Adobe Flash is obsolete. It is a proprietary technology controlled by a single company, it has hundreds of gaping security holes, it drains battery like crazy, it is not supported anymore on mobile devices (Apple, Google and Microsoft) and Linux. Even Adobe themselves think that Flash should die; let’s help them to weed the garden!
Quite a few people are still relying on Flash for publishing dynamic content. One of their reasons is, apparently, the possibility of code protection (1, 2, 3, 4, etc.) This is plain wrong: there is no viable code protection in Flash. I’m going to prove this once and for all.
Update: There seems to be a misunderstanding. I’m talking about Flash Player here; if you use AIR or any other toolkit to produce desktop/mobile application, I don’t care which framework do you use. Just make it fast and integrate good with underlying OS.
Pretty much the only viable alternative to Flash is HTML5. It’s an evolving open standard, and it already has all of the features which made it possible for Flash to dominate the market for more than a decade. As a consequence of being an open standard, HTML5 does not have a way to protect code and assets of your application.
Sure, you can obfuscate your code…
… but if you’re running a browser like Chrome, you are one mouse click away from making it (kind of) readable again:
What’s the primary market for Flash obfuscators, cryptors and protectors? Online games, and especially online multiplayer games. A lot of developers think that if they hide the internals good enough, and maybe also encrypt the protocol, then cheat and bot authors won’t understand how it works, and so the developers don’t implement any sensible security measures at all. In other words, they employ security through obscurity.
In reality, surpassing such countermeasures takes significantly less time than to create them.
I have already written an advanced ActionScript 3 analysis toolkit which includes a decompiler, a rudimentary deobfuscator (26 lines of code are enough to bypass some commercial solutions) and a framework which can, for example, automatically dissect things as complex as polymorphic encrypted loaders. It’s also highly modular and extensible.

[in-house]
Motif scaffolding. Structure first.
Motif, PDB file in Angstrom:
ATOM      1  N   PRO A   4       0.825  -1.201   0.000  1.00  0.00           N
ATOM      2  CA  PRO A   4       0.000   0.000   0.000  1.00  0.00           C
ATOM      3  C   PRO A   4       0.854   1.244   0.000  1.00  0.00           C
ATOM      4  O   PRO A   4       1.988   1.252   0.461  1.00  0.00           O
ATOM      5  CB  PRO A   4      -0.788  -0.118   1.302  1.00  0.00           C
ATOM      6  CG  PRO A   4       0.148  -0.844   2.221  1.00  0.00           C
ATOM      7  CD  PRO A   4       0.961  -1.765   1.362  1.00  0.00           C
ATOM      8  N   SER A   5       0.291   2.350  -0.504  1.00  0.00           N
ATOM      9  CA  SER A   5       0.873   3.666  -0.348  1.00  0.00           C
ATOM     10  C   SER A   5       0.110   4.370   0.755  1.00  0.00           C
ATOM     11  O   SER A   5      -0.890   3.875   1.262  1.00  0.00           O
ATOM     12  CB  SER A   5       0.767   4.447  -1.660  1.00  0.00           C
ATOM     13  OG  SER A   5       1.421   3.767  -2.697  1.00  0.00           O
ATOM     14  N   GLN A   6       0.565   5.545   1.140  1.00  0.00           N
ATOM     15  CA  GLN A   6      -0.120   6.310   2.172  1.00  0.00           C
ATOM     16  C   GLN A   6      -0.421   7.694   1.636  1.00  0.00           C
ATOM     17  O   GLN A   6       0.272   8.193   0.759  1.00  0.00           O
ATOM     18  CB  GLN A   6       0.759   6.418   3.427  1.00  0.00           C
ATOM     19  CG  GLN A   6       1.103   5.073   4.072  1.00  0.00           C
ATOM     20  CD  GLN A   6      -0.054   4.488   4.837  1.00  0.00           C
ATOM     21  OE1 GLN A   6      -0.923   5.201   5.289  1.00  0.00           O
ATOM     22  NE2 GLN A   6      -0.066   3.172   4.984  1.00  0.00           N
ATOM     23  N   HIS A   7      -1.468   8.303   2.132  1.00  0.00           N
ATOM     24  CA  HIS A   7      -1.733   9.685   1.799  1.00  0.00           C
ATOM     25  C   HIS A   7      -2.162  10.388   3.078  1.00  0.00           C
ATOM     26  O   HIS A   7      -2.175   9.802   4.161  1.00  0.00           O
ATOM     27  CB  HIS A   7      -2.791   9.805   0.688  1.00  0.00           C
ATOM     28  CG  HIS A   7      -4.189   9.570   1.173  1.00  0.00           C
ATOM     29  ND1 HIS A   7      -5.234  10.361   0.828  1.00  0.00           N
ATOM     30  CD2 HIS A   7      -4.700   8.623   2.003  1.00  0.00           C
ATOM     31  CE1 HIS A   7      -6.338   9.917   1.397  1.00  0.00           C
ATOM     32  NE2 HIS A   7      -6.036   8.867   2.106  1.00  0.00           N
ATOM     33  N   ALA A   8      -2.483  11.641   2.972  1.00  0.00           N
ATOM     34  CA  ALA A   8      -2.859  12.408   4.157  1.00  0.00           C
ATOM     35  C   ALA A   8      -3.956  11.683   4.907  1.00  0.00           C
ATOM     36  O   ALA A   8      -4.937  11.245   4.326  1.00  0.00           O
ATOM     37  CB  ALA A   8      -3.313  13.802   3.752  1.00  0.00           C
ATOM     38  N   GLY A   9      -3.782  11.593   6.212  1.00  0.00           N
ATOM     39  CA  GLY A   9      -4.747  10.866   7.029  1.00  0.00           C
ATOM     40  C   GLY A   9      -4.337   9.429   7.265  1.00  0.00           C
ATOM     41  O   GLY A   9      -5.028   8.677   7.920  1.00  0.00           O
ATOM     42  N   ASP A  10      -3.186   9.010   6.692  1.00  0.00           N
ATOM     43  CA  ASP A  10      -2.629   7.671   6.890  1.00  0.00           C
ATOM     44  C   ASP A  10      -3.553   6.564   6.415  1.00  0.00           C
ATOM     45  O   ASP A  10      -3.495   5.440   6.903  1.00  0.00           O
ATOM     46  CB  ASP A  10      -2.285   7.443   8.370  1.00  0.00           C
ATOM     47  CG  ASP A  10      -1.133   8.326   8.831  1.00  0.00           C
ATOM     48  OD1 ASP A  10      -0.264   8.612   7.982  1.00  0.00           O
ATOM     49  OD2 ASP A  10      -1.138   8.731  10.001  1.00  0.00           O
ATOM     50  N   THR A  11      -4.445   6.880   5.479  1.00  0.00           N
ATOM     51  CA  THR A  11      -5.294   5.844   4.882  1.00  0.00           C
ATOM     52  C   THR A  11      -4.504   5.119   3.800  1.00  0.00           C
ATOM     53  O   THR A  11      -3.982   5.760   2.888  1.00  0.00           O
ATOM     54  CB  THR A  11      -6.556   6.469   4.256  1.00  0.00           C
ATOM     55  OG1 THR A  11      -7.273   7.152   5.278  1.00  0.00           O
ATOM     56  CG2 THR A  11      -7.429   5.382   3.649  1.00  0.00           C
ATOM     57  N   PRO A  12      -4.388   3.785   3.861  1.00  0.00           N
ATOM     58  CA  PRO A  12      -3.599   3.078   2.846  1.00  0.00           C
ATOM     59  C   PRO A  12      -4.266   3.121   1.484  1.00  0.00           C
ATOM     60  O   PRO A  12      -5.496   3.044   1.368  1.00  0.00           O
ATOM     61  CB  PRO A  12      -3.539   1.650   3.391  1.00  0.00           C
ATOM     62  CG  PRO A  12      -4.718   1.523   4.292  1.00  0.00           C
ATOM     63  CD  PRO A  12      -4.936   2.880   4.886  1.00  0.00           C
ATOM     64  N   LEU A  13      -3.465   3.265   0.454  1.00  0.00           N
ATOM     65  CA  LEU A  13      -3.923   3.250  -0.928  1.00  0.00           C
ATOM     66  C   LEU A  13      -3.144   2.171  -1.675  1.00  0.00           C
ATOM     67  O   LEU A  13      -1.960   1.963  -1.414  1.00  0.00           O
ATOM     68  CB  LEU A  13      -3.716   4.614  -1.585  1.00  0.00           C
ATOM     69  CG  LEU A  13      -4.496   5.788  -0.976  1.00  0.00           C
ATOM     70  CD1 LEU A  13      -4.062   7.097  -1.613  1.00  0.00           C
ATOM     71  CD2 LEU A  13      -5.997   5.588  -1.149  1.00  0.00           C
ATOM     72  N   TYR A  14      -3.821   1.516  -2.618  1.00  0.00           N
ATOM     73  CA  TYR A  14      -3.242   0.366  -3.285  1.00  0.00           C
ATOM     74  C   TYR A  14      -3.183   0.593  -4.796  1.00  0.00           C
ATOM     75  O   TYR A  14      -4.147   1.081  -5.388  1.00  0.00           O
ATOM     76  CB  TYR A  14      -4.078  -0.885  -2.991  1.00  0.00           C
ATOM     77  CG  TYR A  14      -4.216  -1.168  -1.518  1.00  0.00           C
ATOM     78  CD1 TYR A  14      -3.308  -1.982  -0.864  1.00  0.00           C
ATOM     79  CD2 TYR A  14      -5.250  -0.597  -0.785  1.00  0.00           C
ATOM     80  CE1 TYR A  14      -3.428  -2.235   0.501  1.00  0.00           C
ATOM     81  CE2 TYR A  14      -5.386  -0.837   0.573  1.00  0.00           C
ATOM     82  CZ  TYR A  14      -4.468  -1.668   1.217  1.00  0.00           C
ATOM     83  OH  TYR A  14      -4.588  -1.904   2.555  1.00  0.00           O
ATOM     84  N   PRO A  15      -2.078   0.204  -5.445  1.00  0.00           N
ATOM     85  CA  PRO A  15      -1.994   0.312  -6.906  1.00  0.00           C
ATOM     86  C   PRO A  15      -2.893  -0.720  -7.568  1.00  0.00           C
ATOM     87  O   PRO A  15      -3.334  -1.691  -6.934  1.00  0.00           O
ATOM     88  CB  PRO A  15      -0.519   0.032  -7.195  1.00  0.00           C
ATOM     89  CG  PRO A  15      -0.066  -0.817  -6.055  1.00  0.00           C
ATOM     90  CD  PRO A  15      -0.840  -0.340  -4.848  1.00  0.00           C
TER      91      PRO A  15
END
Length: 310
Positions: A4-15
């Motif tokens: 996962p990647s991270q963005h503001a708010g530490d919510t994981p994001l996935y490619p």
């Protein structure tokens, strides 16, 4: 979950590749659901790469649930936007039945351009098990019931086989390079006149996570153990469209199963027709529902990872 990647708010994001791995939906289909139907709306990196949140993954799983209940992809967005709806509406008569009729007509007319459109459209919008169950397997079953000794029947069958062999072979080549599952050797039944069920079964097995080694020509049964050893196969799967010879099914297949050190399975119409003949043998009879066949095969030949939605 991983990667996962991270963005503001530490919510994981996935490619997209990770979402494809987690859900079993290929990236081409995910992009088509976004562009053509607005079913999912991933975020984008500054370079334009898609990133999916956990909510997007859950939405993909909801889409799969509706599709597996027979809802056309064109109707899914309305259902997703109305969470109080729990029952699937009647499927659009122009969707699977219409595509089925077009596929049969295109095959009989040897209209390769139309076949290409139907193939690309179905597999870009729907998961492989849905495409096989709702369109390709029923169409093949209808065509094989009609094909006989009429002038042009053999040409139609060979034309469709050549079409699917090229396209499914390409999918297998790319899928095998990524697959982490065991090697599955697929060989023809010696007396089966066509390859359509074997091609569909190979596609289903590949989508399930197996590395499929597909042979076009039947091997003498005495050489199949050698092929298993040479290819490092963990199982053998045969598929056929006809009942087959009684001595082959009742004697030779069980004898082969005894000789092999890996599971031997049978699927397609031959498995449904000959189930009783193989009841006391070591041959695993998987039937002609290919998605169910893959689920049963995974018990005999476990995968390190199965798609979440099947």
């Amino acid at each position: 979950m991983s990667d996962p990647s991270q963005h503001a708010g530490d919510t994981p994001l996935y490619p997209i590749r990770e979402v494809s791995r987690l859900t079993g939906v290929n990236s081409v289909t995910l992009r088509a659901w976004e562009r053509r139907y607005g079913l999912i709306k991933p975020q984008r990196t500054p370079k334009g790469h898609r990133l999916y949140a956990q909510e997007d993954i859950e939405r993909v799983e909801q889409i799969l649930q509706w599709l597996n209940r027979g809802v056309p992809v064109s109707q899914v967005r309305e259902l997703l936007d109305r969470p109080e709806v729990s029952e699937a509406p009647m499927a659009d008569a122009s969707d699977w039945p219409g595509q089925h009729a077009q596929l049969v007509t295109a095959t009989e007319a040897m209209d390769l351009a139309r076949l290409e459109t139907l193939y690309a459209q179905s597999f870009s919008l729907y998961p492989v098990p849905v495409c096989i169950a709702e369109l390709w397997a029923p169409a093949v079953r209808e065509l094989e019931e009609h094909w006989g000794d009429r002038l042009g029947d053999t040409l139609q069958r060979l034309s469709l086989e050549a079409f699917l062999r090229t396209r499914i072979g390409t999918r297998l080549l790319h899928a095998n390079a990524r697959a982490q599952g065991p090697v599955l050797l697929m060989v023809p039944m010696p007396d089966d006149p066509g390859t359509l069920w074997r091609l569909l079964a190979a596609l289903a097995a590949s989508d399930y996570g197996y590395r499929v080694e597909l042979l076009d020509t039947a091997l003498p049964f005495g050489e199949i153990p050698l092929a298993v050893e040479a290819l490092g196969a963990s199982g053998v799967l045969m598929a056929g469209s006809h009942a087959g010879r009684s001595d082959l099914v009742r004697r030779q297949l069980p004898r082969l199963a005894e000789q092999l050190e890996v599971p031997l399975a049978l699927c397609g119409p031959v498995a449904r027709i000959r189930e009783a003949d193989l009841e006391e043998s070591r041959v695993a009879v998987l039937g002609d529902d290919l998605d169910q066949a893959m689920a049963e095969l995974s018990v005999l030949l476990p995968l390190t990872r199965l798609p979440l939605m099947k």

I challenge everyone to present a Flash protector I could not circumvent. Every week I would pick one application and implement a module which reverses whichever modifications it has made to the code to make it unreadable, then release it publicly along with a description in a blog entry. Flash protectors are already useless; this should make it obvious.
Ultimately I want to wipe the entire market of protectors and obfuscators.
But I like Flash!
Chances are that you’re a Flash developer. Please, do everyone a favor and learn a good piece of technology. You will also benefit from being able to find a new job after your current one vanishes in a year or so.
Oh, you also wrote an obfuscator? Stop selling snake oil.
OMG YOU’RE SO BAD ARTISTS WILL BE RUINED
Jane is an IT security specialist. She finds a bug (like this) in a common piece of software which allows anyone to execute arbitrary code on your computer. (Behind the word “arbitrary” most often hides a trojan horse which steals your credit card number or something similarly vicious.) What could she do?
First, she could keep it for herself or sell it to a malware author. This will leave her with a huge sum of money, very bad karma and, possibly, a conviction.
Second, she could disclose it: release some or all information about the bug to general public. This will allow software author to fix the bug and everyone else to check if their system is vulnerable (so-called penetration testing). She could also report it to the vendor first and wait for a month or so to allow them to fix the bug, if she wants. Immediate release can be a bit controversional, but is generally accepted too.
There’s even an open-source project dedicated to penetration testing, Metasploit. It has exploits for thousands of security holes, some still unfixed for lots of systems, and hardly requires a brain to use. Nevertheless, it’s a mature and well-respected system used by a lot of people and companies across the world.
Absence of public information about deficiences, may them be security holes or false claims, is not going to create any obstacles for those who want to exploit these deficiences. But it does create a false sense of security.
You’re an evil greedy bastard anyway
I have released Furnace::AVM2 under a permissive MIT license. Basically that means that you have a right to rename the project whatever you like then sell it for $500/copy without even notifying me. (The only thing you cannot do is to pretend that you wrote it instead of me). All of the deobfuscation modules will be released under the same license, too.
A note on submissions
I would prefer to receive .swf files for analysis rather than obfuscators. First, obfuscators can have restrictive licensing terms and three digit price tags; some of them might even be unavailable for general public. Second, chances that most of them won’t run on Linux, which I use for my work.
As a single obfuscator might be using various protection techniques, it would be helpful to get several different samples; even more so if it has different protection levels.
Of course, you should not send me copyrighted .swf’s or do anything similarly illegal.
I won’t accept any legacy ActionScript 2 submissions. I don’t have analysis infrastructure for that format, and it’s not worth developing anyway, as it was deprecated long time ago and isn’t used much these days.